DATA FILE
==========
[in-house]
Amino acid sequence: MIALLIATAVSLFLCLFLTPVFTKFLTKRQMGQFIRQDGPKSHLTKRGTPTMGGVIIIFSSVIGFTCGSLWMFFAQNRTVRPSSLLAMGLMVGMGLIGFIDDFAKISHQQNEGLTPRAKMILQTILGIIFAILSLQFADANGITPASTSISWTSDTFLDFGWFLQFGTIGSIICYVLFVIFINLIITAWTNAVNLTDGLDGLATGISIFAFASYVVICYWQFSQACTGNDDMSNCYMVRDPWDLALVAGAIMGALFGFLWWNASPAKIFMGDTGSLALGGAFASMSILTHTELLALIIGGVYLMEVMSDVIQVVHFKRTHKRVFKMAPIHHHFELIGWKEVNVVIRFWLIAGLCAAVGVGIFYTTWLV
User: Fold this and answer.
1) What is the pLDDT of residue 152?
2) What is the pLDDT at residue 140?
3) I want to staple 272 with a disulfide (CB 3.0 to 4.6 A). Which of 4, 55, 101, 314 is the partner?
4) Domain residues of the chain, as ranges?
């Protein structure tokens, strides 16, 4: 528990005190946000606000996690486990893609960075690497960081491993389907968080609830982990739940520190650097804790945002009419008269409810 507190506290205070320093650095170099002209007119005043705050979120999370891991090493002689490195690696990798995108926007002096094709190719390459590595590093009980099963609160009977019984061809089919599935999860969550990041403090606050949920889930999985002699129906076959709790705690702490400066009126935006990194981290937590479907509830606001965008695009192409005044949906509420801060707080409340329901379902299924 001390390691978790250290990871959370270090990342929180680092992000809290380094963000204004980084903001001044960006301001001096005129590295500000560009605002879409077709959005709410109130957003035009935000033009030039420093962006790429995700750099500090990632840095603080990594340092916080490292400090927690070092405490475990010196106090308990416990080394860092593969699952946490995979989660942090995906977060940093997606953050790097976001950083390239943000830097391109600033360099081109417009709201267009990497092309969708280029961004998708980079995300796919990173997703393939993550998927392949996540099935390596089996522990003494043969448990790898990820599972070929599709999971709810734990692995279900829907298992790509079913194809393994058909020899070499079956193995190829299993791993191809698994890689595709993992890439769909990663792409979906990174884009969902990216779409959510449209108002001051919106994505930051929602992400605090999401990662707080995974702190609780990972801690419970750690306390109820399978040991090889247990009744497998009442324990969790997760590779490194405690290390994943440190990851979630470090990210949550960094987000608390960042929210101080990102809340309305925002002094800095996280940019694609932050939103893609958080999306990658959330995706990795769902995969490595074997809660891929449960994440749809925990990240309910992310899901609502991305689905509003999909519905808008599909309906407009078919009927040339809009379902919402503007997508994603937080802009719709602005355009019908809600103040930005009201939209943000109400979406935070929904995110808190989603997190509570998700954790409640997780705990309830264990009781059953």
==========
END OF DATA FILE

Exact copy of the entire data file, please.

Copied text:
[in-house]
Amino acid sequence: MIALLIATAVSLFLCLFLTPVFTKFLTKRQMGQFIRQDGPKSHLTKRGTPTMGGVIIIFSSVIGFTCGSLWMFFAQNRTVRPSSLLAMGLMVGMGLIGFIDDFAKISHQQNEGLTPRAKMILQTILGIIFAILSLQFADANGITPASTSISWTSDTFLDFGWFLQFGTIGSIICYVLFVIFINLIITAWTNAVNLTDGLDGLATGISIFAFASYVVICYWQFSQACTGNDDMSNCYMVRDPWDLALVAGAIMGALFGFLWWNASPAKIFMGDTGSLALGGAFASMSILTHTELLALIIGGVYLMEVMSDVIQVVHFKRTHKRVFKMAPIHHHFELIGWKEVNVVIRFWLIAGLCAAVGVGIFYTTWLV
User: Fold this and answer.
1) What is the pLDDT of residue 152?
2) What is the pLDDT at residue 140?
3) I want to staple 272 with a disulfide (CB 3.0 to 4.6 A). Which of 4, 55, 101, 314 is the partner?
4) Domain residues of the chain, as ranges?
């Protein structure tokens, strides 16, 4: 528990005190946000606000996690486990893609960075690497960081491993389907968080609830982990739940520190650097804790945002009419008269409810 507190506290205070320093650095170099002209007119005043705050979120999370891991090493002689490195690696990798995108926007002096094709190719390459590595590093009980099963609160009977019984061809089919599935999860969550990041403090606050949920889930999985002699129906076959709790705690702490400066009126935006990194981290937590479907509830606001965008695009192409005044949906509420801060707080409340329901379902299924 001390390691978790250290990871959370270090990342929180680092992000809290380094963000204004980084903001001044960006301001001096005129590295500000560009605002879409077709959005709410109130957003035009935000033009030039420093962006790429995700750099500090990632840095603080990594340092916080490292400090927690070092405490475990010196106090308990416990080394860092593969699952946490995979989660942090995906977060940093997606953050790097976001950083390239943000830097391109600033360099081109417009709201267009990497092309969708280029961004998708980079995300796919990173997703393939993550998927392949996540099935390596089996522990003494043969448990790898990820599972070929599709999971709810734990692995279900829907298992790509079913194809393994058909020899070499079956193995190829299993791993191809698994890689595709993992890439769909990663792409979906990174884009969902990216779409959510449209108002001051919106994505930051929602992400605090999401990662707080995974702190609780990972801690419970750690306390109820399978040991090889247990009744497998009442324990969790997760590779490194405690290390994943440190990851979630470090990210949550960094987000608390960042929210101080990102809340309305925002002094800095996280940019694609932050939103893609958080999306990658959330995706990795769902995969490595074997809660891929449960994440749809925990990240309910992310899901609502991305689905509003999909519905808008599909309906407009078919009927040339809009379902919402503007997508994603937080802009719709602005355009019908809600103040930005009201939209943000109400979406935070929904995110808190989603997190509570998700954790409640997780705990309830264990009781059953």